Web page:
Sunday, December 10

Holiday Bike Drive

Today I was witness to an amazing feet of innovative community support. The Community Cycling Center runs it's annual Holiday Bike Drive, which gives hundreds of bikes away to low-income children. The CCC (as it's commonly called) is a non-profit organization devoted to helping people who cannot afford a bike to recieve not only a means of transportation, but a full education in safety as well. This year's Bike Drive was no exception in this goal. I was privilaged enough to have a few minutes with Alison Hill, the new director for CCC. She was very proud to talk about the new safety programs at the drive. These courses would ensure that both the children as well as their parents have a basic understanding of how to safely ride their bikes. I believe that it's very important to include parents in these safety classes. Since most parents themselves did not have this opportunity, they get an understanding of what children need to know on the road. Since most of these children, in their excitement to get a bike, may remember only part of what they learn. Mom and Dad, who's primary interest is keeping the young ones safe, can listen and remind the kids how to be safe.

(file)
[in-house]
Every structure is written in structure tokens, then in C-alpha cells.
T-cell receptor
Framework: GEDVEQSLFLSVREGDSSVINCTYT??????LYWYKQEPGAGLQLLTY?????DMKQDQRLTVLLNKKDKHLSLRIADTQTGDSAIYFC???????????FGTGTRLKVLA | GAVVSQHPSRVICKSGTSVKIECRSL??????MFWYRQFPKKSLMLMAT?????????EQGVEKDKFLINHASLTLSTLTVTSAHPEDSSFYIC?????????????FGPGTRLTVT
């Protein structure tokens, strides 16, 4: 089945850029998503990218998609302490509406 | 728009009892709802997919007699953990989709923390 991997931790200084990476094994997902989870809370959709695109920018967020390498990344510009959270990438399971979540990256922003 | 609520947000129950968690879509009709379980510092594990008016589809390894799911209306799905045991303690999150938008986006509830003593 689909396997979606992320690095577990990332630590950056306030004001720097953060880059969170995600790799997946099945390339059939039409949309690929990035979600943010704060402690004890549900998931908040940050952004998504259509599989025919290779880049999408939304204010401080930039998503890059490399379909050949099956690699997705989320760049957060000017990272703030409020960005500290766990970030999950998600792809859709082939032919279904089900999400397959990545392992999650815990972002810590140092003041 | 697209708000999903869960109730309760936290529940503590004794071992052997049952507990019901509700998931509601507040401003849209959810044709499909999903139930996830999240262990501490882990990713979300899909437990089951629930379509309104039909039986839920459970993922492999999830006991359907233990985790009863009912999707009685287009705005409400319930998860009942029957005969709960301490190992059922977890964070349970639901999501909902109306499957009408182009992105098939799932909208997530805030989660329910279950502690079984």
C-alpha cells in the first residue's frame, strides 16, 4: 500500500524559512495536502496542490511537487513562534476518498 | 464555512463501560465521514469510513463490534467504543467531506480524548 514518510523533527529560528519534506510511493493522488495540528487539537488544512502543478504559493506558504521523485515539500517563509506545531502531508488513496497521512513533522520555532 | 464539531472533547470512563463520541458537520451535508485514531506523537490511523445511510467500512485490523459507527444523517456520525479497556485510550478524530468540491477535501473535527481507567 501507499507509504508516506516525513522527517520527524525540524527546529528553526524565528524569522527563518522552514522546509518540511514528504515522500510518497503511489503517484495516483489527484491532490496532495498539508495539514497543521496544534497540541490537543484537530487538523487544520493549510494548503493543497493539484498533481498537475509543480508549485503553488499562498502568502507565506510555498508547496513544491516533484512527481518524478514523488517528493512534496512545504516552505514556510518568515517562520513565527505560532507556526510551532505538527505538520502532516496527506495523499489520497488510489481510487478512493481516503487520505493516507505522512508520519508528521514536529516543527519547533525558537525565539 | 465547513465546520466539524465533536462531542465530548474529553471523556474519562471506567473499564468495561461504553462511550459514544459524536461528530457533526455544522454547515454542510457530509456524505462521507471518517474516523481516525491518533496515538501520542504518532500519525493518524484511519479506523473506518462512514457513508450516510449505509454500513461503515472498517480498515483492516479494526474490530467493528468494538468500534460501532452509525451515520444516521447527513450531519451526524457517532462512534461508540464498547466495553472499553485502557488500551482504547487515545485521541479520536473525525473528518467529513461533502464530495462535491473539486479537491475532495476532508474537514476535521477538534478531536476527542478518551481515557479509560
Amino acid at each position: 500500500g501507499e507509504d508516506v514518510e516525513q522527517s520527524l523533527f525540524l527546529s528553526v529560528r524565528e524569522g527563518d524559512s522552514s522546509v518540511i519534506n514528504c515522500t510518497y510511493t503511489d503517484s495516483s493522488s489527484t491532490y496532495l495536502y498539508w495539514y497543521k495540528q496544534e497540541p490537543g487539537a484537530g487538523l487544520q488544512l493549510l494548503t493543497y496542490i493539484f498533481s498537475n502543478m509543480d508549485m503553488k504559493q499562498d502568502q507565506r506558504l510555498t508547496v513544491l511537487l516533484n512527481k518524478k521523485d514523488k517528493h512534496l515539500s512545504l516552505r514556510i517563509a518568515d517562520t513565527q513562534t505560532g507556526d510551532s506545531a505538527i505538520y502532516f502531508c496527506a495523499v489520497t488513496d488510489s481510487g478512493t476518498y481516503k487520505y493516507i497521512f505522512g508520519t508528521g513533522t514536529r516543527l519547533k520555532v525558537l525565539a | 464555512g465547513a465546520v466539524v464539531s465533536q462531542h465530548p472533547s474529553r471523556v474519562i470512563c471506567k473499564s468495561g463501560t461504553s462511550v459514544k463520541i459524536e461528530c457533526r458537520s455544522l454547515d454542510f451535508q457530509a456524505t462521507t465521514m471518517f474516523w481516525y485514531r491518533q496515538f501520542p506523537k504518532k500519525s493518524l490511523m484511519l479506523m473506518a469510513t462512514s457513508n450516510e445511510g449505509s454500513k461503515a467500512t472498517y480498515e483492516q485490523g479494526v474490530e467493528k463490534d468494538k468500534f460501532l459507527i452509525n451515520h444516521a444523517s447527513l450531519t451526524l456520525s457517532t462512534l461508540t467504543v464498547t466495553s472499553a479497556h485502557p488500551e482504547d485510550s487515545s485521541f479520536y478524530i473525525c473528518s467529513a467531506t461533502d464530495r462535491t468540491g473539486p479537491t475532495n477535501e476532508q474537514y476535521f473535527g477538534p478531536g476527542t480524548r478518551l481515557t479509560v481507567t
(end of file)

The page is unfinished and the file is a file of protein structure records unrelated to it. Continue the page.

We were all appreciative of Legacy Emanuel Hospital which was kind enough to host this enormous event. They generously gave the use of not only their lobby and a beautiful courtyard, but also the highly valuable driveway. Of course the bike drive was only possible due to the dozens of folks who gave their time and energy to check bikes, teach safety, organize people, and especially the brave men and women who stood outside in 20mph winds teaching kids how to ride and turn and stop.
This drive particularly hit home for me because in my younger years I enjoyed a freedom that most of my friends missed out on. Because I was allowed to travel around on my bicycle, I had the freedom to go anywhere in my neighborhood (and later the whole city) that I wanted to. It touches me on a very personal level when I hear about children who are obese, or who cannot leave their house because 'it's so scary out there.' I feel that children who never develop a sense of independance is at least as frightening.
I wish the CCC great success with their continued work to get Portland's population healthy, active, mobile, and happy.